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Home > Living Well > Health Library > Compression Stockings: How to Use Them
Specially fitted compression stockings are tight at the feet with a gradually looser fit on the leg. Because there are different types, it's best to use the kind that your doctor recommends and that work best for you.
Compression stockings can be a part of your daily routine. If they fit right, they should be snug but comfortable.
It's best to wear them all the time, unless you are bathing or sleeping. Plan on replacing your stockings every 4 to 6 months.
At first, putting on a pair of compression stockings can be tricky. But with some practice, you'll find what works for you. Here are some tips.
It will make them more flexible and easier to put on. Consider buying a second pair, if you can afford it. That way, you'll have a clean pair to wear while you wash the other.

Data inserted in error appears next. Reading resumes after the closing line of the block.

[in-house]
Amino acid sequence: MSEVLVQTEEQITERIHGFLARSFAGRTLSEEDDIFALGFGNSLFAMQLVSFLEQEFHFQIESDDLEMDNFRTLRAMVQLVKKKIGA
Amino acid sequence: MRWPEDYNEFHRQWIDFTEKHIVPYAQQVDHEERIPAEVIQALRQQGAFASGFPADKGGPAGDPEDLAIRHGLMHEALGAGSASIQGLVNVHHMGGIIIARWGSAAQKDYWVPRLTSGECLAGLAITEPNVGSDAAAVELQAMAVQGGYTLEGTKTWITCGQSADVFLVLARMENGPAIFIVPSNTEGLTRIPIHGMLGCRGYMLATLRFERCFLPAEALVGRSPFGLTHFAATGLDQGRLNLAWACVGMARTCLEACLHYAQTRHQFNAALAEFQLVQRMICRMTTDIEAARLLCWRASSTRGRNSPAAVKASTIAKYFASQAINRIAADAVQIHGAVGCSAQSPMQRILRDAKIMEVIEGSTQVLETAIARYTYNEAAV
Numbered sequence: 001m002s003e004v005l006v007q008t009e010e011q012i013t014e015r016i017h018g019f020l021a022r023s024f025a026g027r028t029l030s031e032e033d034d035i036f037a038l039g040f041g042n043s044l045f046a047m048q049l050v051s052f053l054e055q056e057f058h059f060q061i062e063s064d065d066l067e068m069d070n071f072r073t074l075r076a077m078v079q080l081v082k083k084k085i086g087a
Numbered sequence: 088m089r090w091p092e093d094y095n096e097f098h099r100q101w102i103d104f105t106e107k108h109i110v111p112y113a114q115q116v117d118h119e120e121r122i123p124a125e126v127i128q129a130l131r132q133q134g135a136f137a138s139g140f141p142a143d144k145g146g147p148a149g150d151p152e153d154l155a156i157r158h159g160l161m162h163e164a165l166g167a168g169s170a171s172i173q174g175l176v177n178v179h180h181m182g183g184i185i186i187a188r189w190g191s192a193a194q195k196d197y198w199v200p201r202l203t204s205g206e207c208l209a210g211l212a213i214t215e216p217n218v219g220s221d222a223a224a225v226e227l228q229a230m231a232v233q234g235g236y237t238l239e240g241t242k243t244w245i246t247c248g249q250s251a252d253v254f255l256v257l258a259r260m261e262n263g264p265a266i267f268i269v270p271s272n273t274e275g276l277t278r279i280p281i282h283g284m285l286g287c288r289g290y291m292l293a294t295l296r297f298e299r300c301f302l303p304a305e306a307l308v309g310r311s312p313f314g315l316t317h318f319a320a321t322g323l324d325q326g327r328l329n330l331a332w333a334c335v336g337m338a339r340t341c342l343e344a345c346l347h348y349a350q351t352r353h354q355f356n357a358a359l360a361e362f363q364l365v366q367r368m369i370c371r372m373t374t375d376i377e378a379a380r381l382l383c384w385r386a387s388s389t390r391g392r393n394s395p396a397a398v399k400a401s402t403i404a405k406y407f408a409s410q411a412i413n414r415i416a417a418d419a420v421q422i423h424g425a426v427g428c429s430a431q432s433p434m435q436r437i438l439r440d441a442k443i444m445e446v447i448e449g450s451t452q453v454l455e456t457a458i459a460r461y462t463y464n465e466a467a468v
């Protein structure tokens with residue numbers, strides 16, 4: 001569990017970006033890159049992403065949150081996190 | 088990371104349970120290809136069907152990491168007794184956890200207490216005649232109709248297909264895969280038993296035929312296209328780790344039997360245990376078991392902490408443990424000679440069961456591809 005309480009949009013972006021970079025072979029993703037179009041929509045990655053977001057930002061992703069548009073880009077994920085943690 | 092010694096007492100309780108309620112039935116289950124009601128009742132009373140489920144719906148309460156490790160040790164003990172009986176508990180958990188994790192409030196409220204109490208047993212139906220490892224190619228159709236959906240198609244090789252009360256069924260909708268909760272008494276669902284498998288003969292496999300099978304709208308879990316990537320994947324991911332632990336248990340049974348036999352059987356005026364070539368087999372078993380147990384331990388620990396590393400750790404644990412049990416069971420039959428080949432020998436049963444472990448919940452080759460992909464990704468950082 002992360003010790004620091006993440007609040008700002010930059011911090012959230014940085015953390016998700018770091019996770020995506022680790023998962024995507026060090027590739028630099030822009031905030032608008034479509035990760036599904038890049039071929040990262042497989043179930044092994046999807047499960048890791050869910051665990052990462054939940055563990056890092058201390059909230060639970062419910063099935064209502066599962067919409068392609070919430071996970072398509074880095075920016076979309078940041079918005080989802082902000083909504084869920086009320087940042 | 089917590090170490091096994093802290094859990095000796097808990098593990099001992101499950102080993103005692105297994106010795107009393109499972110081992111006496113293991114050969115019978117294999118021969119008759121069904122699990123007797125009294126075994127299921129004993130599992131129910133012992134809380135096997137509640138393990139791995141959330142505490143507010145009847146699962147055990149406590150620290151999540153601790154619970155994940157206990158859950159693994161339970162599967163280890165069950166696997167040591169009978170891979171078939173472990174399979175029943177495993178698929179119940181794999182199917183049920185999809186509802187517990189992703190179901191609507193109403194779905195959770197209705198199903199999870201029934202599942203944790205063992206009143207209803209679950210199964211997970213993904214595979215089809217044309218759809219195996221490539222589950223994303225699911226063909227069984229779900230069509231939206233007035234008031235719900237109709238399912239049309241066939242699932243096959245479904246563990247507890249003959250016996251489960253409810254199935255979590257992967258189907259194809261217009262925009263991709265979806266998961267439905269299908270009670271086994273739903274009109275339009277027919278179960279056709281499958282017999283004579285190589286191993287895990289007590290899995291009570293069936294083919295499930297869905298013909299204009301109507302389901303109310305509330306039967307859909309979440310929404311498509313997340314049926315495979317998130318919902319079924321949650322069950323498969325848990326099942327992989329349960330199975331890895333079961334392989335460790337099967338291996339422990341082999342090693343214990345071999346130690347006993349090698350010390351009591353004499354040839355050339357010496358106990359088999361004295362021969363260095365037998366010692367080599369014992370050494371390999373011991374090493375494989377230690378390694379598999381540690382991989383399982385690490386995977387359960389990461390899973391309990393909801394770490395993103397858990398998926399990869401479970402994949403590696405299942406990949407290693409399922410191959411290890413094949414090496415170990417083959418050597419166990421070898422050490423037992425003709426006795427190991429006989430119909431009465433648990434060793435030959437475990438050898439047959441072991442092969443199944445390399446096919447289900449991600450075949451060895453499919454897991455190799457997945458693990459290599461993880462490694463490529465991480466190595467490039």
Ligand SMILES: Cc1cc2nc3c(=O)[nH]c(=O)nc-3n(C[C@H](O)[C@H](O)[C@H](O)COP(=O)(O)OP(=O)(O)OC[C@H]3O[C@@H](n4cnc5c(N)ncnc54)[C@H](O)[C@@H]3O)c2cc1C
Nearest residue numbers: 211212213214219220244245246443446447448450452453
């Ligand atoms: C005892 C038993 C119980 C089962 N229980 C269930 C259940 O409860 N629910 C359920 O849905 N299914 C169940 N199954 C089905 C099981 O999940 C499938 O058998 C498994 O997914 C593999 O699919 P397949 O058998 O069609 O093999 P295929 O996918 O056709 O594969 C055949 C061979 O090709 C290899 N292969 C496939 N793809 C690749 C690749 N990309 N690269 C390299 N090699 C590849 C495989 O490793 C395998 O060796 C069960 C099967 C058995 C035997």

Then you can put them on when you first get up.
This is when you have the least swelling in your legs.
Be careful not to grab and pull at the top of the stocking, because that can cause it to rip or tear.
This will help the stockings slide on. If your stockings contain latex, or you aren't sure if they contain latex, do not use other types of lotions or creams on your legs when you wear the stockings. You may use other lotions or creams when you are not wearing the stockings.
It helps the stocking slide over your foot, and then pulls off through the toe after the stocking is on. You can get one at a medical supply store.
It's a metal device that holds the stocking open while you step into it. Try one before you buy one, though. They can be hard to use.
Talk to your doctor or the certified fitter at your medical supply store, especially if you have a disability that makes it hard to put the stockings on.
Call your doctor if your toes get numb or painful or turn dark while you are wearing compression stockings.
Current as of:
March 28, 2022
Author: Healthwise StaffMedical Review: E. Gregory Thompson MD - Internal MedicineAdam Husney MD - Family MedicineAnne C. Poinier MD - Internal Medicine
Current as of: March 28, 2022
Author: Healthwise Staff
Medical Review:E. Gregory Thompson MD - Internal Medicine & Adam Husney MD - Family Medicine & Anne C. Poinier MD - Internal Medicine
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